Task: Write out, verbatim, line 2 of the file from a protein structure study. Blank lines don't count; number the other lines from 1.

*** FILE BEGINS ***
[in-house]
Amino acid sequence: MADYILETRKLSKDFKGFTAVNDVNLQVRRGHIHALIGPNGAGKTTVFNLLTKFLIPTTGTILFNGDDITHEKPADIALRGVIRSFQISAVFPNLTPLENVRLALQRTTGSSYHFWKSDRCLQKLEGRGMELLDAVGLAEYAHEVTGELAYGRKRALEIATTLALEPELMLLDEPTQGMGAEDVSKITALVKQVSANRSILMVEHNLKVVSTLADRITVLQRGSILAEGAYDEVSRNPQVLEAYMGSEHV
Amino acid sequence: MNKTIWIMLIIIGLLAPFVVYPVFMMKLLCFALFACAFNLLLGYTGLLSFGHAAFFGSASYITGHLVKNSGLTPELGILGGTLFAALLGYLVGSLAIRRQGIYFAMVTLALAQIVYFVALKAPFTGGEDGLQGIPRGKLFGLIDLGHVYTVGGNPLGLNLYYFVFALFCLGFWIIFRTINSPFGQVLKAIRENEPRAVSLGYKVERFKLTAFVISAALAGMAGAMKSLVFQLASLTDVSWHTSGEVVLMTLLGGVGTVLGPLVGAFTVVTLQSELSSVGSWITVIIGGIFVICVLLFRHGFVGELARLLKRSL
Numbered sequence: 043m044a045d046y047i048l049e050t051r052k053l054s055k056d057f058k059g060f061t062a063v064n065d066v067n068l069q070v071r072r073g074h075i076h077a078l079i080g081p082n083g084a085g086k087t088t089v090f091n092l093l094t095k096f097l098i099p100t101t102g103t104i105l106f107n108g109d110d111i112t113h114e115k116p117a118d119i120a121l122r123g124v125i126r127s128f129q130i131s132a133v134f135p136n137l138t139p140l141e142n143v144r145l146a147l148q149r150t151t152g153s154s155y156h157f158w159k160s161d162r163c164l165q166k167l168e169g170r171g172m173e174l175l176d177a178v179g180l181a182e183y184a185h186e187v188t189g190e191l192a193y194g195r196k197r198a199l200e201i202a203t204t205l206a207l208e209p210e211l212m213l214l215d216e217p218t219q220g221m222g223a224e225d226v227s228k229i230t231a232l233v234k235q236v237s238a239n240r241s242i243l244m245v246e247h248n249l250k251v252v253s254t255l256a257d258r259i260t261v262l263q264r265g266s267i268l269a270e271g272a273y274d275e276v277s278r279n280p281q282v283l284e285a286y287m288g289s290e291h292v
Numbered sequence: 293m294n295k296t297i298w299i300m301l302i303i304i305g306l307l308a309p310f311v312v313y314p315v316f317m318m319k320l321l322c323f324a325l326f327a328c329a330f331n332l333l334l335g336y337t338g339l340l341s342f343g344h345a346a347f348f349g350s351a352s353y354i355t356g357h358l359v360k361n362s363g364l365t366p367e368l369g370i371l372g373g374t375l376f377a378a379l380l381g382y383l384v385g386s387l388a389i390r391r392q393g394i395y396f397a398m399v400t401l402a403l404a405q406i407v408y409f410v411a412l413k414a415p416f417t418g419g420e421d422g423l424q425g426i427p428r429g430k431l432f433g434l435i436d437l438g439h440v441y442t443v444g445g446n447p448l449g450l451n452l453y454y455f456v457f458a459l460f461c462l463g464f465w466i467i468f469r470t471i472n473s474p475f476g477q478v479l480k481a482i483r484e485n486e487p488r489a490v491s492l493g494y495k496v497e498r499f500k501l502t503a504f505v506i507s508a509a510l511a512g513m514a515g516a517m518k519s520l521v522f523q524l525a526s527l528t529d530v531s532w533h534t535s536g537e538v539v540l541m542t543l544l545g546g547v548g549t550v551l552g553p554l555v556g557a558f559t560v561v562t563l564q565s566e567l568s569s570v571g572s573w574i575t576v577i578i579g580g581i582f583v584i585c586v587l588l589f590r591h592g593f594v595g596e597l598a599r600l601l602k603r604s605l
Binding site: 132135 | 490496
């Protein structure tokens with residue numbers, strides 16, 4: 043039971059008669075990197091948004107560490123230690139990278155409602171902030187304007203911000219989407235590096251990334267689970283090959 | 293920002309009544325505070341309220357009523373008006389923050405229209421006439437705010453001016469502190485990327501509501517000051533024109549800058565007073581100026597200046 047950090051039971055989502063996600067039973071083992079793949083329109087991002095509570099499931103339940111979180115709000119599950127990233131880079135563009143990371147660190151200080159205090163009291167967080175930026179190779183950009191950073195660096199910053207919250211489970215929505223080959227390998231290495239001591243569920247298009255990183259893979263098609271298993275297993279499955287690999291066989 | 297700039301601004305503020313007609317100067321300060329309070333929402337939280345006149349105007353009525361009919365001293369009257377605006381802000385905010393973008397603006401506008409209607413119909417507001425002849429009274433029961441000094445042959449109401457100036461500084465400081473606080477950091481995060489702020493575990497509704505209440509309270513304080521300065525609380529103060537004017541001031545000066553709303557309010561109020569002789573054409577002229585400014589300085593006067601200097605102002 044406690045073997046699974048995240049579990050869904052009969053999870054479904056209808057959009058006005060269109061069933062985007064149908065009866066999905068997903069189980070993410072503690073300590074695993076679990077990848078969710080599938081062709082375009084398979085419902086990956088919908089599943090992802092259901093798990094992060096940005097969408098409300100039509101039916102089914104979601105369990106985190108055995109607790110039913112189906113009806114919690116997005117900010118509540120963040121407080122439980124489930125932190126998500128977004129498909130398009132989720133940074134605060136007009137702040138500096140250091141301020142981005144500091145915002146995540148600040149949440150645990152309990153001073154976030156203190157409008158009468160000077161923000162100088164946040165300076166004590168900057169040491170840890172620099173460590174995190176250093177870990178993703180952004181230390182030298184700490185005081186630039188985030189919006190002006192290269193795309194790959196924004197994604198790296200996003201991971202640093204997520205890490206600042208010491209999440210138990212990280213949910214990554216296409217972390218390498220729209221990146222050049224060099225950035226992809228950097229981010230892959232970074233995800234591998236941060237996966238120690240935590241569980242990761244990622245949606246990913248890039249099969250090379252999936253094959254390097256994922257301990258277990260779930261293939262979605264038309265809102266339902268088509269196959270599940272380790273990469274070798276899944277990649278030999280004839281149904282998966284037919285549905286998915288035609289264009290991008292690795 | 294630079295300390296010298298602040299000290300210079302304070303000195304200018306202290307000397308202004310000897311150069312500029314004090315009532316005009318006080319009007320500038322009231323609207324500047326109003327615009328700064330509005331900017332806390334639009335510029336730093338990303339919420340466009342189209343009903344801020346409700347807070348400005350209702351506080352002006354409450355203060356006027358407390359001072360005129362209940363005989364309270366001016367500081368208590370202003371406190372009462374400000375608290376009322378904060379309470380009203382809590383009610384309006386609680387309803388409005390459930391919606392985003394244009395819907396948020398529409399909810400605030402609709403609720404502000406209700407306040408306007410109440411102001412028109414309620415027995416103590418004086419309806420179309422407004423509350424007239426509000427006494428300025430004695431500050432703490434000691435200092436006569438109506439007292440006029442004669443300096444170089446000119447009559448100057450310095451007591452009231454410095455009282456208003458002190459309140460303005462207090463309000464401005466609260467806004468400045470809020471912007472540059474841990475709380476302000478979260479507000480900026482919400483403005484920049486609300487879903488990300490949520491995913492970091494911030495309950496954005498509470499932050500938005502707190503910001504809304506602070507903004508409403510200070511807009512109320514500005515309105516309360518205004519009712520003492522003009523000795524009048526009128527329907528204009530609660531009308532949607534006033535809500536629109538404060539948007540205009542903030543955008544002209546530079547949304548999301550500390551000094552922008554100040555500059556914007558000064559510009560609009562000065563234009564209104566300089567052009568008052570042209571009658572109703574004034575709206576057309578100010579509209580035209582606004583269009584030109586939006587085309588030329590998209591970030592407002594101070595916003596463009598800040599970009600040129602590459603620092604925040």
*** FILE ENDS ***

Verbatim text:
Amino acid sequence: MADYILETRKLSKDFKGFTAVNDVNLQVRRGHIHALIGPNGAGKTTVFNLLTKFLIPTTGTILFNGDDITHEKPADIALRGVIRSFQISAVFPNLTPLENVRLALQRTTGSSYHFWKSDRCLQKLEGRGMELLDAVGLAEYAHEVTGELAYGRKRALEIATTLALEPELMLLDEPTQGMGAEDVSKITALVKQVSANRSILMVEHNLKVVSTLADRITVLQRGSILAEGAYDEVSRNPQVLEAYMGSEHV